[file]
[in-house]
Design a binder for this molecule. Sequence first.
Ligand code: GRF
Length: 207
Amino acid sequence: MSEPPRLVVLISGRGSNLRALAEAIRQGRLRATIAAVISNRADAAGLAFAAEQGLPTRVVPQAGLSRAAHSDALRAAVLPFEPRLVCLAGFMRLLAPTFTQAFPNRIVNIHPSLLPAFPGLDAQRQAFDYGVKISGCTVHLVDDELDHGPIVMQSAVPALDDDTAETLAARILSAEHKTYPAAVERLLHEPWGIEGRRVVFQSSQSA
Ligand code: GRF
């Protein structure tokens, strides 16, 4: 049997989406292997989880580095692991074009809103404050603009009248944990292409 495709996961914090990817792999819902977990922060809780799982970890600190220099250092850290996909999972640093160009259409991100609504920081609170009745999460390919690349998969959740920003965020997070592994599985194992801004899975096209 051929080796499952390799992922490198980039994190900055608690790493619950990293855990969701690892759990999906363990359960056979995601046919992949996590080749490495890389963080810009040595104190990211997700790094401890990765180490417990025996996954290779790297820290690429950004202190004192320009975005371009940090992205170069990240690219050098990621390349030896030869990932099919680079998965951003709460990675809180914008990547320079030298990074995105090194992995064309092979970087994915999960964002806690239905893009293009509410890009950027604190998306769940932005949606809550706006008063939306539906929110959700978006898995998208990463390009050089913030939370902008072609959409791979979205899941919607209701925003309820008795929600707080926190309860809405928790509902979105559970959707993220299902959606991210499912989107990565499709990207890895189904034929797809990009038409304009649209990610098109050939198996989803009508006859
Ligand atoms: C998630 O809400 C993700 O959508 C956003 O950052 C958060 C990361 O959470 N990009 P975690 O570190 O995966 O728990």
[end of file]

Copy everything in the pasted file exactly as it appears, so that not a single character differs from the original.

[in-house]
Design a binder for this molecule. Sequence first.
Ligand code: GRF
Length: 207
Amino acid sequence: MSEPPRLVVLISGRGSNLRALAEAIRQGRLRATIAAVISNRADAAGLAFAAEQGLPTRVVPQAGLSRAAHSDALRAAVLPFEPRLVCLAGFMRLLAPTFTQAFPNRIVNIHPSLLPAFPGLDAQRQAFDYGVKISGCTVHLVDDELDHGPIVMQSAVPALDDDTAETLAARILSAEHKTYPAAVERLLHEPWGIEGRRVVFQSSQSA
Ligand code: GRF
């Protein structure tokens, strides 16, 4: 049997989406292997989880580095692991074009809103404050603009009248944990292409 495709996961914090990817792999819902977990922060809780799982970890600190220099250092850290996909999972640093160009259409991100609504920081609170009745999460390919690349998969959740920003965020997070592994599985194992801004899975096209 051929080796499952390799992922490198980039994190900055608690790493619950990293855990969701690892759990999906363990359960056979995601046919992949996590080749490495890389963080810009040595104190990211997700790094401890990765180490417990025996996954290779790297820290690429950004202190004192320009975005371009940090992205170069990240690219050098990621390349030896030869990932099919680079998965951003709460990675809180914008990547320079030298990074995105090194992995064309092979970087994915999960964002806690239905893009293009509410890009950027604190998306769940932005949606809550706006008063939306539906929110959700978006898995998208990463390009050089913030939370902008072609959409791979979205899941919607209701925003309820008795929600707080926190309860809405928790509902979105559970959707993220299902959606991210499912989107990565499709990207890895189904034929797809990009038409304009649209990610098109050939198996989803009508006859
Ligand atoms: C998630 O809400 C993700 O959508 C956003 O950052 C958060 C990361 O959470 N990009 P975690 O570190 O995966 O728990």